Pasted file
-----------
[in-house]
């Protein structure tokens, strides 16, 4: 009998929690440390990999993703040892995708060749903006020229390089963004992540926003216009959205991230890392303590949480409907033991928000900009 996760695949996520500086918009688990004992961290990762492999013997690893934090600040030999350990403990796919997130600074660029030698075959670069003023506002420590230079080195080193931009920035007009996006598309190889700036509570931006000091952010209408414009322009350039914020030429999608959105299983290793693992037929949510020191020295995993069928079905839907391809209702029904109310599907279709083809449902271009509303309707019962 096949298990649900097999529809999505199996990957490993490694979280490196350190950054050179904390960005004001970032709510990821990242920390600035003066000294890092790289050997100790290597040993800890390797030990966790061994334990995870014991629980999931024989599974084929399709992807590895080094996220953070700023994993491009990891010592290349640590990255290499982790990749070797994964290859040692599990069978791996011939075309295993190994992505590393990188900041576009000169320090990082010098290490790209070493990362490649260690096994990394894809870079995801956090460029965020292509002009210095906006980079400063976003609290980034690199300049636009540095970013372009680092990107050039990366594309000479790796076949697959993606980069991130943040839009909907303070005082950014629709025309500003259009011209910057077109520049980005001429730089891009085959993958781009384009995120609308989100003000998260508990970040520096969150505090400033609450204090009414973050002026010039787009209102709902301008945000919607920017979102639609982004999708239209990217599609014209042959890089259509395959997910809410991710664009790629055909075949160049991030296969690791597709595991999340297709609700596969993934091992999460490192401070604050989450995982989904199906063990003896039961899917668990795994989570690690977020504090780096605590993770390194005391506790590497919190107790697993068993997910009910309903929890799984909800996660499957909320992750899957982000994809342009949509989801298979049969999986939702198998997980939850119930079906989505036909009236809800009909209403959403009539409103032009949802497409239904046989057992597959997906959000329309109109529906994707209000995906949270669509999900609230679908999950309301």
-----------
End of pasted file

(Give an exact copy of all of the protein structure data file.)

[in-house]
């Protein structure tokens, strides 16, 4: 009998929690440390990999993703040892995708060749903006020229390089963004992540926003216009959205991230890392303590949480409907033991928000900009 996760695949996520500086918009688990004992961290990762492999013997690893934090600040030999350990403990796919997130600074660029030698075959670069003023506002420590230079080195080193931009920035007009996006598309190889700036509570931006000091952010209408414009322009350039914020030429999608959105299983290793693992037929949510020191020295995993069928079905839907391809209702029904109310599907279709083809449902271009509303309707019962 096949298990649900097999529809999505199996990957490993490694979280490196350190950054050179904390960005004001970032709510990821990242920390600035003066000294890092790289050997100790290597040993800890390797030990966790061994334990995870014991629980999931024989599974084929399709992807590895080094996220953070700023994993491009990891010592290349640590990255290499982790990749070797994964290859040692599990069978791996011939075309295993190994992505590393990188900041576009000169320090990082010098290490790209070493990362490649260690096994990394894809870079995801956090460029965020292509002009210095906006980079400063976003609290980034690199300049636009540095970013372009680092990107050039990366594309000479790796076949697959993606980069991130943040839009909907303070005082950014629709025309500003259009011209910057077109520049980005001429730089891009085959993958781009384009995120609308989100003000998260508990970040520096969150505090400033609450204090009414973050002026010039787009209102709902301008945000919607920017979102639609982004999708239209990217599609014209042959890089259509395959997910809410991710664009790629055909075949160049991030296969690791597709595991999340297709609700596969993934091992999460490192401070604050989450995982989904199906063990003896039961899917668990795994989570690690977020504090780096605590993770390194005391506790590497919190107790697993068993997910009910309903929890799984909800996660499957909320992750899957982000994809342009949509989801298979049969999986939702198998997980939850119930079906989505036909009236809800009909209403959403009539409103032009949802497409239904046989057992597959997906959000329309109109529906994707209000995906949270669509999900609230679908999950309301």